Wednesday

20th Feb 2019

Opinion

London alone cannot find all Brexit 'solutions'

  • It takes two to tango - Brexit requires solutions from Brussels, not just London (Photo: European Commission)

Since becoming prime minister Theresa May has made clear her desire to forge a "deep and special partnership" between Britain and the EU post-Brexit. I want that too and believe it would be in the interests of both sides.

But to make it happen we must have a genuine exchange of ideas over how the new relationship might work and I am concerned many in Brussels still believe that because Britain voted to leave the EU, it must come up with all the solutions.

Read and decide

Join EUobserver today

Support quality EU news

Get instant access to all articles — and 18 year's of archives. 30 days free trial.

... or join as a group

This view is being used to justify a refusal to budge on key issues like the sequencing of talks and the content of the deals being struck on citizens' rights, the financial settlement and Ireland.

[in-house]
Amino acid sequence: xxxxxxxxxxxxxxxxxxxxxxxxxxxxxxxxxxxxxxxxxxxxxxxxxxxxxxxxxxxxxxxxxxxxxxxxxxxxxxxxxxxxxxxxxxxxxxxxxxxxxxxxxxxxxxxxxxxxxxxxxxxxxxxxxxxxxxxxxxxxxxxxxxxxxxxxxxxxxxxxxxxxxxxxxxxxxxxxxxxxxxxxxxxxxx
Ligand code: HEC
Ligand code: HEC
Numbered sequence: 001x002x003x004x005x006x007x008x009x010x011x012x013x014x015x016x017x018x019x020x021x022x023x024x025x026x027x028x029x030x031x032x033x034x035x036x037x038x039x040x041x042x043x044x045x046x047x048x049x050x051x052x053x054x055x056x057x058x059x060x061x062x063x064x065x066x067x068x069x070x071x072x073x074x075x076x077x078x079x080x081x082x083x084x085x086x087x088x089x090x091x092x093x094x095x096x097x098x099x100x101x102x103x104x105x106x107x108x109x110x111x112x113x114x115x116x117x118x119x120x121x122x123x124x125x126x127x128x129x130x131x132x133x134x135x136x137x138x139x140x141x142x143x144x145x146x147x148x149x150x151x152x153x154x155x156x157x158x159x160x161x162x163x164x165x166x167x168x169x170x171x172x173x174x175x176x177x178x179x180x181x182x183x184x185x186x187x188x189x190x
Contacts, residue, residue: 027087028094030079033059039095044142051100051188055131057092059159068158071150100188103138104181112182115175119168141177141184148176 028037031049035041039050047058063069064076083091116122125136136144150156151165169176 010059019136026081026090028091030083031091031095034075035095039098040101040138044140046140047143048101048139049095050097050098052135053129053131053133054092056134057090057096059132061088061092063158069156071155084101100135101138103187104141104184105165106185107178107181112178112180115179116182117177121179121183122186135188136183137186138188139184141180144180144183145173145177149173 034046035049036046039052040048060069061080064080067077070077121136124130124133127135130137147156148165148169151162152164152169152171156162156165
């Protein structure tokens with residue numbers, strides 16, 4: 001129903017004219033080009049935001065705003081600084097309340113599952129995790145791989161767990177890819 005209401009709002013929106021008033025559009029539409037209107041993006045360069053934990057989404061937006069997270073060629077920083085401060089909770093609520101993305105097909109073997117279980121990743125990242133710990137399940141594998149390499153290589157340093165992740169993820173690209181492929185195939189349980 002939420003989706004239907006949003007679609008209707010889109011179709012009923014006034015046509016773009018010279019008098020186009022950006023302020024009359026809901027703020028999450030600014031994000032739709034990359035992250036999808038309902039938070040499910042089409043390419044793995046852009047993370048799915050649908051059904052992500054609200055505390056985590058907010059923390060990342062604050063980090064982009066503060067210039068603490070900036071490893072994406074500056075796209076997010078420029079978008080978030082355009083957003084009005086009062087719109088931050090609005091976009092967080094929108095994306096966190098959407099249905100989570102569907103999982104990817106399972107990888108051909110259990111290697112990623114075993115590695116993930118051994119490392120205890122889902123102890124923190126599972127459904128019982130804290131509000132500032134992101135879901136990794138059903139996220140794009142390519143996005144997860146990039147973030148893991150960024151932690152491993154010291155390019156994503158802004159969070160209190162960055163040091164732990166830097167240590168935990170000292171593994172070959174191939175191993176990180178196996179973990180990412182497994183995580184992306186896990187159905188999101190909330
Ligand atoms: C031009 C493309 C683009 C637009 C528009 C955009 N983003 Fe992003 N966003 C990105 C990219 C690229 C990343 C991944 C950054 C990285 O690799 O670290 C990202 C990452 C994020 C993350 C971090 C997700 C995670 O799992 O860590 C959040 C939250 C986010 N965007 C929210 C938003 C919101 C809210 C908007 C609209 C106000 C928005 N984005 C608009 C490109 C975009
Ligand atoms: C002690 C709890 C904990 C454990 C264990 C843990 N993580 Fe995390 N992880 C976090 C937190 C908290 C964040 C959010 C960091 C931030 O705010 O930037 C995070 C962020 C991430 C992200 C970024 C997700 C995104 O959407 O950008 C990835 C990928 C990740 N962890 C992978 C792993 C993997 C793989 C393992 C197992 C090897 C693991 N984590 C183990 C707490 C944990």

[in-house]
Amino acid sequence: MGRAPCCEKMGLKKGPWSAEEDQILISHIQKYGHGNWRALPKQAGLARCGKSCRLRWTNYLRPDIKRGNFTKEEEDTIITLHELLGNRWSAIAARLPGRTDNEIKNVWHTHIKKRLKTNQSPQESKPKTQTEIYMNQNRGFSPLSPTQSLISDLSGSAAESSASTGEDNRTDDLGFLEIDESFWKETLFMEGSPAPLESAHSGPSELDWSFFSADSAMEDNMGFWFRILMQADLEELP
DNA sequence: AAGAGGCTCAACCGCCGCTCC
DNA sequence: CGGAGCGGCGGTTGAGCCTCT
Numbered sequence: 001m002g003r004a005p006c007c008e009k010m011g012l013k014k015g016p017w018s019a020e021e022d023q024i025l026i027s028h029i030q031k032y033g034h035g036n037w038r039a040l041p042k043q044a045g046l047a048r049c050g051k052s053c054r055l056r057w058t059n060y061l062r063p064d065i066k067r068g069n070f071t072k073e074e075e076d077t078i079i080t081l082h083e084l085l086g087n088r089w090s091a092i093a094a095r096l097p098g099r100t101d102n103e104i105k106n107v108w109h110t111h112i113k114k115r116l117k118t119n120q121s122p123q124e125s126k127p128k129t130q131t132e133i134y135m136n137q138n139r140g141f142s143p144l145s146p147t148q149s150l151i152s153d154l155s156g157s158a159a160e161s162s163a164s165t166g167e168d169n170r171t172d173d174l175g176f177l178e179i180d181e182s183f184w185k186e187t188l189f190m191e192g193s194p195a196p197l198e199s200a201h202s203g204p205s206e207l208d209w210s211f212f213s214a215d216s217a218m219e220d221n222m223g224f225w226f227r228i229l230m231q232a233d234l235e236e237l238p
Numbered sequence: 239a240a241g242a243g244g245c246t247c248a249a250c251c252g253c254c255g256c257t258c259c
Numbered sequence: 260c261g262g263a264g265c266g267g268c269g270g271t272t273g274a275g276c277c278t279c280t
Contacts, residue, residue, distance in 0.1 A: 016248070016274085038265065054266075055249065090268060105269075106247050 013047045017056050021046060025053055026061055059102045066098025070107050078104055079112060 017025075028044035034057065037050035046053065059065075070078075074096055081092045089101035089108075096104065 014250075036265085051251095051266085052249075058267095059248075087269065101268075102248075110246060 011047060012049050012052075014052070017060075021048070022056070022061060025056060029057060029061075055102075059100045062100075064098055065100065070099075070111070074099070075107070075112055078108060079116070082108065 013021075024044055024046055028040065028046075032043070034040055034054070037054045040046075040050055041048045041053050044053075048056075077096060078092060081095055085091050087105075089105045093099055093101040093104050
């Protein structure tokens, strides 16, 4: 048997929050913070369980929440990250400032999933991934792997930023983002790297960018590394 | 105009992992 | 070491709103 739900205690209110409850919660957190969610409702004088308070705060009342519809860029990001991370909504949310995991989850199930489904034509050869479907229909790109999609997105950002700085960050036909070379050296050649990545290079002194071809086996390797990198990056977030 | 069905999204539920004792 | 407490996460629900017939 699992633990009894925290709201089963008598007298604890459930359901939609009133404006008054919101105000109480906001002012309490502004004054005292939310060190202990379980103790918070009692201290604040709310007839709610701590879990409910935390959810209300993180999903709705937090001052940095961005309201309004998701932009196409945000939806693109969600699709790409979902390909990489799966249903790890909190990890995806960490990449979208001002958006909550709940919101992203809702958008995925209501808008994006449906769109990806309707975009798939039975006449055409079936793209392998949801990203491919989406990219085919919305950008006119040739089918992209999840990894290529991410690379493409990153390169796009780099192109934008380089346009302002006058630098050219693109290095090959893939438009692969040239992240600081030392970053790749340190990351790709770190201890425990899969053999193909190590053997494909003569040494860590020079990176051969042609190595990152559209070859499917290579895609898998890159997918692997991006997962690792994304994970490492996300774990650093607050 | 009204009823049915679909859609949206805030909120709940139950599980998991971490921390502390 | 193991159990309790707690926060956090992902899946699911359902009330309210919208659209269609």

Yet it singularly ignores the long-term opportunities and costs for Europe.

When the rest of the world looks at the Brexit negotiations, it sees a European problem that the European continent must work together to solve.

Whether that is Australian officials saying "the onus is on the EU as well", or the Japanese government calling for London to maintain its euro clearing rights.

Placing the entire burden of responsibility on Britain also fails to understand the result of the shifting political plates.

Washing hands

Europe cannot wash its hands of Brexit. Those who support the political project of the union – a union of European people with common ideals in the pursuit of prosperity – must ask themselves what went so wrong for 17.4 million Europeans to vote against it.

When over one million more people vote leave than vote remain in any European nation, there are lessons for all of Europe to learn.

If the European project is valuable then it must be able to work for all those involved.